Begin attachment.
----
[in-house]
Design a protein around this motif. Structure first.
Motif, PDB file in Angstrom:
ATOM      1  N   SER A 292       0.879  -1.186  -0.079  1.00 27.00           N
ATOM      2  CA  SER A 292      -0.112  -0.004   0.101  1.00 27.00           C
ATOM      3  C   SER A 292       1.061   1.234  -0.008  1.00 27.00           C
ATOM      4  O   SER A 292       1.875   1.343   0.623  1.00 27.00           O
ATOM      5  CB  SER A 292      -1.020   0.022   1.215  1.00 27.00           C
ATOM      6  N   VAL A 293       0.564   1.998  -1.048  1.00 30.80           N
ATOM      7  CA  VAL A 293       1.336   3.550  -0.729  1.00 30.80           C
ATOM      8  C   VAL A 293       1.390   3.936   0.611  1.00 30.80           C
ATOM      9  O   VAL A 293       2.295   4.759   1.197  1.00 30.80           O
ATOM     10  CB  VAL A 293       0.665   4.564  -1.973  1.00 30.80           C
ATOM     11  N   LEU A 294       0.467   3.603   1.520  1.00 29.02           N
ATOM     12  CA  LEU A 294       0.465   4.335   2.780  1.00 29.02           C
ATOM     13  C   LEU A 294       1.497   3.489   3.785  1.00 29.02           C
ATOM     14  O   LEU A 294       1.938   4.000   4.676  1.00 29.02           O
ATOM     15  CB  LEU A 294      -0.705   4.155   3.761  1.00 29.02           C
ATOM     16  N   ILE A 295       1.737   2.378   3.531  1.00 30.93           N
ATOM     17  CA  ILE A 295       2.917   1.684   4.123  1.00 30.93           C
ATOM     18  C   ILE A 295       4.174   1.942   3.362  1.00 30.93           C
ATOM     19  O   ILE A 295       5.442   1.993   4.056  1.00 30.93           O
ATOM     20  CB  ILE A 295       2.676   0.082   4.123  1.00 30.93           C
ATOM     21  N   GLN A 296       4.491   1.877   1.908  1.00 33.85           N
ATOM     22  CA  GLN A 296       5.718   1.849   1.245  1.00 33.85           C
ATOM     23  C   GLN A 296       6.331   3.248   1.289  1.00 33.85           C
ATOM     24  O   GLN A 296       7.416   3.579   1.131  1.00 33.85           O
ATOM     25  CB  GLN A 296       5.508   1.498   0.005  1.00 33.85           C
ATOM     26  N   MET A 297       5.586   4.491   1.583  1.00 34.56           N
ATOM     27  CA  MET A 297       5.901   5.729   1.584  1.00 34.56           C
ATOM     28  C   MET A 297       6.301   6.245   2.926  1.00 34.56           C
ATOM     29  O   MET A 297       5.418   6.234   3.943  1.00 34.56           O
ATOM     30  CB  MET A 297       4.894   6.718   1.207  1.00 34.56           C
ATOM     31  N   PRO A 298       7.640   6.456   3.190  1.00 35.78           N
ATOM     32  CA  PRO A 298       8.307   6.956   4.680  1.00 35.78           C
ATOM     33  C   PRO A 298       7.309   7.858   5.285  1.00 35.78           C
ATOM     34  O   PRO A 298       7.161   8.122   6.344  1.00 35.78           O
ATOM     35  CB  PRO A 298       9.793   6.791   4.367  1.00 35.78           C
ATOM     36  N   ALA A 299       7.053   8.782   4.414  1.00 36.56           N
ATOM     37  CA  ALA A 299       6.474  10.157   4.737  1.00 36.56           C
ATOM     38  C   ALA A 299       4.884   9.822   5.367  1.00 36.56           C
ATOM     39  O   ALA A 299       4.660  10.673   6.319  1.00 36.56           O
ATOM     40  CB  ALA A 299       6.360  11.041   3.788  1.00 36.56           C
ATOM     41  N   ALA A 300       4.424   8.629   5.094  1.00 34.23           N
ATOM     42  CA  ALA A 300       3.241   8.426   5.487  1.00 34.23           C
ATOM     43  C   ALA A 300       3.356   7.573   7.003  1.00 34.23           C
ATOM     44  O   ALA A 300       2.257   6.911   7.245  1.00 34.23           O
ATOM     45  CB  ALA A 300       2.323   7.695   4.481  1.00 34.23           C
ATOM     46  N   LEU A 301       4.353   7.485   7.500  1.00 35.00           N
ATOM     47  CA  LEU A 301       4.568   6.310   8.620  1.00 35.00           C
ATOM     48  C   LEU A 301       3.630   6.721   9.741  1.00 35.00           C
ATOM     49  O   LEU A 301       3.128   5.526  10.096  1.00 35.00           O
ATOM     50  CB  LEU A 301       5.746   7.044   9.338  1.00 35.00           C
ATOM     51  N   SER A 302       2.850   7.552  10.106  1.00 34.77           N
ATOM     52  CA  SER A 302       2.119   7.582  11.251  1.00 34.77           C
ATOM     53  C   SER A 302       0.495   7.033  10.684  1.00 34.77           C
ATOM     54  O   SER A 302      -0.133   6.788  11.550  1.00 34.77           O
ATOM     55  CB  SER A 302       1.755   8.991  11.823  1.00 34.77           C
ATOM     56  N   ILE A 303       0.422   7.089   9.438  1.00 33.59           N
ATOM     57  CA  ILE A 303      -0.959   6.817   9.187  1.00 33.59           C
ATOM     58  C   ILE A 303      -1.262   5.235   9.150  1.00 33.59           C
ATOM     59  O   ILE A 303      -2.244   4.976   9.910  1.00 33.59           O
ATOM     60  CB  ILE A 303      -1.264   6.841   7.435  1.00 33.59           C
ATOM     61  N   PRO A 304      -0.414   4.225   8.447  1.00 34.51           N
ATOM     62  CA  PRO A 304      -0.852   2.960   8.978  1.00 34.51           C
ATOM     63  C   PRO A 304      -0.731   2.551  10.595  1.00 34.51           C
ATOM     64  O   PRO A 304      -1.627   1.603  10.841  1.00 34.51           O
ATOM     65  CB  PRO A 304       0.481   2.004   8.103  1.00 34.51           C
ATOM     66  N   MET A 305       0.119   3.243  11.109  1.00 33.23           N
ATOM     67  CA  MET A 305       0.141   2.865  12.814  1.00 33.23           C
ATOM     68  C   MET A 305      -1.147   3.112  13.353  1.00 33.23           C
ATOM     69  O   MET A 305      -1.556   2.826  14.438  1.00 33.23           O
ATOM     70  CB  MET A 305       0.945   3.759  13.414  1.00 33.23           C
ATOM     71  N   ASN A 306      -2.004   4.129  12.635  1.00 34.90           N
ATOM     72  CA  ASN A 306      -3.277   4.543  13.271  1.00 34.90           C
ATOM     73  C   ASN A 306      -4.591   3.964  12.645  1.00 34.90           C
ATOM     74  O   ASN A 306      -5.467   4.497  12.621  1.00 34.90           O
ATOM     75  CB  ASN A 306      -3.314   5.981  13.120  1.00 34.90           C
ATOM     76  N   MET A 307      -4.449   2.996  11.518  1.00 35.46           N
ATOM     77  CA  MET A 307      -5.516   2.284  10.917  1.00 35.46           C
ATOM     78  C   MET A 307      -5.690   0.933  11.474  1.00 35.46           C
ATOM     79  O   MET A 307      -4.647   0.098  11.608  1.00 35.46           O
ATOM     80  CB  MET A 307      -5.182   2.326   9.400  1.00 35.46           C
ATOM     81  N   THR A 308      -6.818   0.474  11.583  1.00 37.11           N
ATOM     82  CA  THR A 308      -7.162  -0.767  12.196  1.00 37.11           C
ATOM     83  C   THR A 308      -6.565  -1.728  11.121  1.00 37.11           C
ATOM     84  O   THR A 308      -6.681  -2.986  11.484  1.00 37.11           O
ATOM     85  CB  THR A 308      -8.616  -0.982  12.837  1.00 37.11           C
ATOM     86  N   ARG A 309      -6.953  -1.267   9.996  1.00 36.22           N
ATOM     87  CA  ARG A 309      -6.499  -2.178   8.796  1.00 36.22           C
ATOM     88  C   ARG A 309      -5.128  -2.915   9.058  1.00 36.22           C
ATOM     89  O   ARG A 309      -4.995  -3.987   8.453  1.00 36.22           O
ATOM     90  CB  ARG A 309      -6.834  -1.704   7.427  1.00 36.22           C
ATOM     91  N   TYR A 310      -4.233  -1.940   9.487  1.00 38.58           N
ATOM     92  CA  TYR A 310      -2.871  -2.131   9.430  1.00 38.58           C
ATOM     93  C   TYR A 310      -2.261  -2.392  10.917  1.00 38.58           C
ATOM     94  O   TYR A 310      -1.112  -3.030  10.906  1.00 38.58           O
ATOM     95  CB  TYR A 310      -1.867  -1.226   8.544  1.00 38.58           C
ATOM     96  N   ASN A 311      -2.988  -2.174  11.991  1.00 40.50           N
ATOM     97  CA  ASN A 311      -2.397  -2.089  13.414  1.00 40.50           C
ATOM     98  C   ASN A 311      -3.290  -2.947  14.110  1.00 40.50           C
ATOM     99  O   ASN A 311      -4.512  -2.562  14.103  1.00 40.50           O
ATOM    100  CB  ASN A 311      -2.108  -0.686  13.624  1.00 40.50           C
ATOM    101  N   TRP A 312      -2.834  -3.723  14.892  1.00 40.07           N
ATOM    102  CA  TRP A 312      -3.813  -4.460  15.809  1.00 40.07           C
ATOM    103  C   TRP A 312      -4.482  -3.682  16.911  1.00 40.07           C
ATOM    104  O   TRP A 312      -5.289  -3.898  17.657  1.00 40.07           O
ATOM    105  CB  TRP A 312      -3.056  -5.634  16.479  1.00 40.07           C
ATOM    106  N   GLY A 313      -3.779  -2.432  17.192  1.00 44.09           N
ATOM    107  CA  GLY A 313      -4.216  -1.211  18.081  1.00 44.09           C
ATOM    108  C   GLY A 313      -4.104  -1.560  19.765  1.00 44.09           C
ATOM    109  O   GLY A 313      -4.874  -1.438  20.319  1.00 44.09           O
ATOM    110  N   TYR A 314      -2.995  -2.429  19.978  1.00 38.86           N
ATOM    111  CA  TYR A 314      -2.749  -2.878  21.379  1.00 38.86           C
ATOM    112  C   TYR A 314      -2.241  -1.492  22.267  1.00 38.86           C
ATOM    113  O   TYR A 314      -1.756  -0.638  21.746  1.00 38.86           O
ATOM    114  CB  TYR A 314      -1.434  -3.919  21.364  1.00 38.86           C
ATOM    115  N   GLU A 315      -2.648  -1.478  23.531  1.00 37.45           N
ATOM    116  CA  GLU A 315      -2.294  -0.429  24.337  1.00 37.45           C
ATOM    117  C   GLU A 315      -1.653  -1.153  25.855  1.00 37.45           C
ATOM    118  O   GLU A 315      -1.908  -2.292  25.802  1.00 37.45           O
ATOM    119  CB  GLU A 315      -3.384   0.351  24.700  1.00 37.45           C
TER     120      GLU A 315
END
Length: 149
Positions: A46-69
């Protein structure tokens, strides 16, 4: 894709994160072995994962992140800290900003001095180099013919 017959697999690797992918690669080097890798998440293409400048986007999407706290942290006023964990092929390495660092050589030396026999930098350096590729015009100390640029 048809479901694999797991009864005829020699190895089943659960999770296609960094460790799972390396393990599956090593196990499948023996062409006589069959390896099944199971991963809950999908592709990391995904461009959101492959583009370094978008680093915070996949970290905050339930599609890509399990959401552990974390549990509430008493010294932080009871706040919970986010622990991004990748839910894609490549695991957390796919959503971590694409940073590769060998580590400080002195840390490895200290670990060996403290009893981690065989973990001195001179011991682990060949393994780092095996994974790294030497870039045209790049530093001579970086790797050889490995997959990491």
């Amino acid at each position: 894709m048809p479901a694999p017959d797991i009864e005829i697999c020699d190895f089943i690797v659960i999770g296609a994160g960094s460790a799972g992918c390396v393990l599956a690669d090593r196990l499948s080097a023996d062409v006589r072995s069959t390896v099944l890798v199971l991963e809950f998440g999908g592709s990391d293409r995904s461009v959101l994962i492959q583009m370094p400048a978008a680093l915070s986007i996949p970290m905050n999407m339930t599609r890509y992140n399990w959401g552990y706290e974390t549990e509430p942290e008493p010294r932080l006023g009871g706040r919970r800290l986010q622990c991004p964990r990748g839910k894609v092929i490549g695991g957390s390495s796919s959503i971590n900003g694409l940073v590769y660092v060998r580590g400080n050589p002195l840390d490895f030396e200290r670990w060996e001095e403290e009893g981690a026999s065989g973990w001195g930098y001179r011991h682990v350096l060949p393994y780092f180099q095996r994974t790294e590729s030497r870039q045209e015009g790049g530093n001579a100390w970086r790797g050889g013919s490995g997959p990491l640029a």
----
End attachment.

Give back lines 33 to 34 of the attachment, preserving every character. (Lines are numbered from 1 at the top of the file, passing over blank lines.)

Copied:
ATOM     30  CB  MET A 297       4.894   6.718   1.207  1.00 34.56           C
ATOM     31  N   PRO A 298       7.640   6.456   3.190  1.00 35.78           N